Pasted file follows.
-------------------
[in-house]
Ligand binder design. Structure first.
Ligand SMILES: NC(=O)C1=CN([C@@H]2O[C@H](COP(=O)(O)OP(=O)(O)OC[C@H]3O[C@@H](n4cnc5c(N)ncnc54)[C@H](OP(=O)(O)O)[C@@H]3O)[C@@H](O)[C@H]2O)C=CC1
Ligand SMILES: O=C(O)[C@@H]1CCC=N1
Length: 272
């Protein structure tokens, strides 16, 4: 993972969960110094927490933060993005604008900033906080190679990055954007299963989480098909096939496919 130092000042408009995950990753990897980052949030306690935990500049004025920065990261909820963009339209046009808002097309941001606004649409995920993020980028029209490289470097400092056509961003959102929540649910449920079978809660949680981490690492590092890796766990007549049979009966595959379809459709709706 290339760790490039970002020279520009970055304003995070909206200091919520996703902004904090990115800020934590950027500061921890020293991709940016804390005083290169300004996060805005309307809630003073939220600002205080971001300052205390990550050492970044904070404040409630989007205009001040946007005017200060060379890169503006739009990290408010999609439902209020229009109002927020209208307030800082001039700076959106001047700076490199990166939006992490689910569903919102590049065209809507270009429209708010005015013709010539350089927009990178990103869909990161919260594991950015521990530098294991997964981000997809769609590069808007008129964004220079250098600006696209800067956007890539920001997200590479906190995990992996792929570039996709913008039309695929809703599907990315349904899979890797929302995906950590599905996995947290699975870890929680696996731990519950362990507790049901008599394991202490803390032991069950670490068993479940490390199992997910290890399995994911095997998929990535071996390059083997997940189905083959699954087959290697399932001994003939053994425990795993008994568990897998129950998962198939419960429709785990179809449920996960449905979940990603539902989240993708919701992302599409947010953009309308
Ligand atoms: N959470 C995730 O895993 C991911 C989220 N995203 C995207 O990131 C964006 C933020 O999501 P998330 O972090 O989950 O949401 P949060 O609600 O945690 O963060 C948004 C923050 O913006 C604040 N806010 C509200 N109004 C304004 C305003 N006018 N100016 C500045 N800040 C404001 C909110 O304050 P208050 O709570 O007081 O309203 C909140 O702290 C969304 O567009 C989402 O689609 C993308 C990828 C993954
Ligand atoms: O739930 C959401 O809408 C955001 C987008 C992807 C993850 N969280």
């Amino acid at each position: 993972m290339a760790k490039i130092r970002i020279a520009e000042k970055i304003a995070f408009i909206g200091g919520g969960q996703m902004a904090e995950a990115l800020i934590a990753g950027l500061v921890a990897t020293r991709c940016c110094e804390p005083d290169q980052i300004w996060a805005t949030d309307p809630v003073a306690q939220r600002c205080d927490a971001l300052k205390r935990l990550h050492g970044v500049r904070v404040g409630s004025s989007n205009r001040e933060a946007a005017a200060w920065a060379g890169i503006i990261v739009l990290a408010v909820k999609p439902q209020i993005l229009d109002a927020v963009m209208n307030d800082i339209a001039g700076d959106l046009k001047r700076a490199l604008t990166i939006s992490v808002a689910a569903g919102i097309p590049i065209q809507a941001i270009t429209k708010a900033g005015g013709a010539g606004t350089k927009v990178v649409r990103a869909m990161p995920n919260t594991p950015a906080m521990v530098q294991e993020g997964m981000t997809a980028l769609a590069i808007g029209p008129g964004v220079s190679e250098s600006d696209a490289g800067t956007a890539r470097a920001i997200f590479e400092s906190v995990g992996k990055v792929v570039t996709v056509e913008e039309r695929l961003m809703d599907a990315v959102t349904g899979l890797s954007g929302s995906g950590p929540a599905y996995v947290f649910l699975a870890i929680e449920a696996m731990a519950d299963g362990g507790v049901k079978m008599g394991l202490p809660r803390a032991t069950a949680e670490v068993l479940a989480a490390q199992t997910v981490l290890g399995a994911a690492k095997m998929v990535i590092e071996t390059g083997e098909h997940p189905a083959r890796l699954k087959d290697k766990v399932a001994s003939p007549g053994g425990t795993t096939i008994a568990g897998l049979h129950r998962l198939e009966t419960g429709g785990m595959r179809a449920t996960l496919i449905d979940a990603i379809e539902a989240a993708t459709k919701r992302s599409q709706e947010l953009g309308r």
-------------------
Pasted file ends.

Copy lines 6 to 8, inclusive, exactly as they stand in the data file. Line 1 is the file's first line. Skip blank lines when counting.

């Protein structure tokens, strides 16, 4: 993972969960110094927490933060993005604008900033906080190679990055954007299963989480098909096939496919 130092000042408009995950990753990897980052949030306690935990500049004025920065990261909820963009339209046009808002097309941001606004649409995920993020980028029209490289470097400092056509961003959102929540649910449920079978809660949680981490690492590092890796766990007549049979009966595959379809459709709706 290339760790490039970002020279520009970055304003995070909206200091919520996703902004904090990115800020934590950027500061921890020293991709940016804390005083290169300004996060805005309307809630003073939220600002205080971001300052205390990550050492970044904070404040409630989007205009001040946007005017200060060379890169503006739009990290408010999609439902209020229009109002927020209208307030800082001039700076959106001047700076490199990166939006992490689910569903919102590049065209809507270009429209708010005015013709010539350089927009990178990103869909990161919260594991950015521990530098294991997964981000997809769609590069808007008129964004220079250098600006696209800067956007890539920001997200590479906190995990992996792929570039996709913008039309695929809703599907990315349904899979890797929302995906950590599905996995947290699975870890929680696996731990519950362990507790049901008599394991202490803390032991069950670490068993479940490390199992997910290890399995994911095997998929990535071996390059083997997940189905083959699954087959290697399932001994003939053994425990795993008994568990897998129950998962198939419960429709785990179809449920996960449905979940990603539902989240993708919701992302599409947010953009309308
Ligand atoms: N959470 C995730 O895993 C991911 C989220 N995203 C995207 O990131 C964006 C933020 O999501 P998330 O972090 O989950 O949401 P949060 O609600 O945690 O963060 C948004 C923050 O913006 C604040 N806010 C509200 N109004 C304004 C305003 N006018 N100016 C500045 N800040 C404001 C909110 O304050 P208050 O709570 O007081 O309203 C909140 O702290 C969304 O567009 C989402 O689609 C993308 C990828 C993954
Ligand atoms: O739930 C959401 O809408 C955001 C987008 C992807 C993850 N969280």